Welcome back to Part IV of our look at how in terms of development, ICTs have been transforming Africa! So far, we have looked at both the educational and medical sectors. And how they are undergoing dramatic development thanks to the proliferation of Information and Communication Technologies (ICTs). We’ve also looked at how this transformation has proven lucrative and exploitation is being combated.
But in terms of significance and in terms of what is one of Africa’s biggest development challenges to overcome. Nothing compares to that of the alleviation of poverty across the continent. So how, using ICT’s is this possible and how, given the size, can it work efficiently? One suggestion is agripreneurship. Meaning the combination of agriculture and entrepreneurship.
The Youth Market
In January 2018, the FAO realised a report titled The role of ICTs in sustaining capacity development of African youths in agriculture. The discussion paper found in terms of development the youth market was key to this issue of growth specifically with agripreneurship in mind. The report split its findings into four areas of development:
- Support networking
- Platforms for learning
- Access to information
- Access to innovations
With this in mind, many projects have now begun including the Youth empowerment for agripreneurship in West Africa project. Built on the idea of mentoring processes being able to empower youths, the project is built on 3 pillars. That being 1) Putting research into use, 2) Strengthening Research-Private sector partnerships, and 3) Creating an enabling environment for agricultural entrepreneurship. Essential to this of course is the strategic application of ICTs.
In regards to the use of mobile technology in the developmental process, one example of this is the GSMA’s mAgri Programme, which aims to identify and fund opportunities for mobile communications in the agricultural value chain. As mobile phones and tablets become widely available it is enabling growth both in economic terms but also more importantly in closing critical knowledge gaps. By using this technology mAgri is in a unique position to closing these gaps in developing rural areas. According to their statement of purpose they are able to deliver critical “information farmers need to make better informed decisions that boost their productivity and profit,” and give smallholder farmers to access formal financial services thus increasing availability of employment in these typically poorer areas.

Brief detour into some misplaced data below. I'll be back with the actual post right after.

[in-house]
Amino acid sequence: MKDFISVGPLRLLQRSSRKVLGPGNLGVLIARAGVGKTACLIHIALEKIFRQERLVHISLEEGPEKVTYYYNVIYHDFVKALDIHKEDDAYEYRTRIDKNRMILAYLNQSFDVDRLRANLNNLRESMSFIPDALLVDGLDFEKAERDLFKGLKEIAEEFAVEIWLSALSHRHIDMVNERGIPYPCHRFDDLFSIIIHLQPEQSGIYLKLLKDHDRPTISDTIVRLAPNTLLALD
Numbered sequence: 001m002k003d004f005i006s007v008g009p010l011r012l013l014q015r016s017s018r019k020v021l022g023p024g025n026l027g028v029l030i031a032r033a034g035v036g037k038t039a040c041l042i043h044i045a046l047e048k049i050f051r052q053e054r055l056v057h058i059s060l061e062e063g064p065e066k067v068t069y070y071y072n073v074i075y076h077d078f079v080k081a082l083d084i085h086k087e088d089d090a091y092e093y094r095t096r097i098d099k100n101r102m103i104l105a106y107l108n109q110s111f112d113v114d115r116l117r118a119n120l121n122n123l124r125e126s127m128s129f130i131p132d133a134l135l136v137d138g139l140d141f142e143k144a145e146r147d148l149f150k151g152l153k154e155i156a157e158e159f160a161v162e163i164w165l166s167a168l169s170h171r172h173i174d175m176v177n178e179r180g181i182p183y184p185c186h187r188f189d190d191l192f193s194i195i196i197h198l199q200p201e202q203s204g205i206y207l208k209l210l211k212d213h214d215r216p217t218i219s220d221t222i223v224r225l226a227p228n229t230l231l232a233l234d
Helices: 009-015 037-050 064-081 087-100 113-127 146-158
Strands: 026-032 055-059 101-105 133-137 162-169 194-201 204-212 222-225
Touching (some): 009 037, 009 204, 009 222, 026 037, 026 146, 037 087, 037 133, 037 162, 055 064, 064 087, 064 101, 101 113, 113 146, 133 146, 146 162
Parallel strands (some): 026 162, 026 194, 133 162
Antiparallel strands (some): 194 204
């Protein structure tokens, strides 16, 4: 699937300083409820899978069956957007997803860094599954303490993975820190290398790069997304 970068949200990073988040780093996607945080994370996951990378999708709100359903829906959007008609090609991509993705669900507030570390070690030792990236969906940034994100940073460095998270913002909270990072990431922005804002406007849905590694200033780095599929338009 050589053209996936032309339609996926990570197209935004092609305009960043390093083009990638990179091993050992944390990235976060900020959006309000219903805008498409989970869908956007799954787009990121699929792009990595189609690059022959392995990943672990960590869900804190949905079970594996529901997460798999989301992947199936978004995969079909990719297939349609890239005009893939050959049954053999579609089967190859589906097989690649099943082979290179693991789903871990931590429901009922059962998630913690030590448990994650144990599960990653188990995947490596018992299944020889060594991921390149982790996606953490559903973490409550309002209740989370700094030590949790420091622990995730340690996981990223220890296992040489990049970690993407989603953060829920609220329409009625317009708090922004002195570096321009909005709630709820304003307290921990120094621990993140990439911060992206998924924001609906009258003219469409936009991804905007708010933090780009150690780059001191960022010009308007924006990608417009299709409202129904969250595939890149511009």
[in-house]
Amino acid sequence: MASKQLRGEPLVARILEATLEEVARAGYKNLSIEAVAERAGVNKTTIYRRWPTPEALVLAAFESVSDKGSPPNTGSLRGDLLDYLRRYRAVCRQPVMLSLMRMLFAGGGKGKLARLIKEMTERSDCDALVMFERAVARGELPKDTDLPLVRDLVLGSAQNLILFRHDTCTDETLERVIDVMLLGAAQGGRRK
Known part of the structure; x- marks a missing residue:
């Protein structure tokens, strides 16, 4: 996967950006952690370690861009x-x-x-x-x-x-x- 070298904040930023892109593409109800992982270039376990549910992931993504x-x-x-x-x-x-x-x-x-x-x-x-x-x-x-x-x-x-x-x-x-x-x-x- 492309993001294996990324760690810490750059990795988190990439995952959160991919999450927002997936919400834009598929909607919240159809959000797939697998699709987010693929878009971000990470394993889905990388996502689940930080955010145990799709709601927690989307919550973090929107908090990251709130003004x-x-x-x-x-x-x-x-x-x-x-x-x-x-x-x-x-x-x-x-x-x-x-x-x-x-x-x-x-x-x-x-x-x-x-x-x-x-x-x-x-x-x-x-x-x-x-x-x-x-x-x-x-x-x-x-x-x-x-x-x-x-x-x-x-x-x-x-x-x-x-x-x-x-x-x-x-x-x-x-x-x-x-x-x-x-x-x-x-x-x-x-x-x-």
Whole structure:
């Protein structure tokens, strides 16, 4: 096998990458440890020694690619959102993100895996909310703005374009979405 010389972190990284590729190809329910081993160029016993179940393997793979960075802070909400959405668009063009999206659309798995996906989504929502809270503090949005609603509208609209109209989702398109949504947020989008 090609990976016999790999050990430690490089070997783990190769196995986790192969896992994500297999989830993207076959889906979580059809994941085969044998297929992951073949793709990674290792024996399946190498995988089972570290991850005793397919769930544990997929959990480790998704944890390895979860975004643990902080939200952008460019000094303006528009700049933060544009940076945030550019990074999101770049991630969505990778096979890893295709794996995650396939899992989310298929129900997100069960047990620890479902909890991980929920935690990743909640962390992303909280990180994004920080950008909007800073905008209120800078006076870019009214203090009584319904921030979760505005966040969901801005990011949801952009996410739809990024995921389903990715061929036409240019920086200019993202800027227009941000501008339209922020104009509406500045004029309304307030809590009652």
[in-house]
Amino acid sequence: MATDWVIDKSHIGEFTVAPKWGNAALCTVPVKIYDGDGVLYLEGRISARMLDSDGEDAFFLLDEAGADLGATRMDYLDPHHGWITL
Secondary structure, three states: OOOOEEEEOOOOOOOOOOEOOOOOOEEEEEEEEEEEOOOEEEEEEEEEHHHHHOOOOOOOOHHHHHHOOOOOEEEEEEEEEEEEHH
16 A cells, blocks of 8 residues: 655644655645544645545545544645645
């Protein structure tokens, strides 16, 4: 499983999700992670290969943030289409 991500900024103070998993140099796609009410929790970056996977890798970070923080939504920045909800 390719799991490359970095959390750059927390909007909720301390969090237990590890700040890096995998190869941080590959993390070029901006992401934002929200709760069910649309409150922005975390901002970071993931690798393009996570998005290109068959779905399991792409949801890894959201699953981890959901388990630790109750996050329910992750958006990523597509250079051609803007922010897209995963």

Another established example of the strategic application of ICTs in developing agriculture is the Esoko Ghana Commodity Index (EGCI). Set up in 2005 as a rural platform EGCI publishes “a cash market price index composed of data on physical commodities.” Published weekly, the index tracks wholesale and retail prices and aims to improve farmers’ incomes by building healthy markets. Currently Esoko is active in ten countries in Africa and has a variety of partnership agreements.
But whether ICTs, as a potential tool for increased traceability of livestock, or intensified utilisation for increased irrigation efficiency the multiple ways in which they are changing the landscape of African Agriculture is becoming increasingly significant. Food security in developing areas of Africa is paramount for the survival of individuals, families, and ultimately nations, and the role that ICTs can play in addressing these challenges is increasing as mobile technologies become more assessable.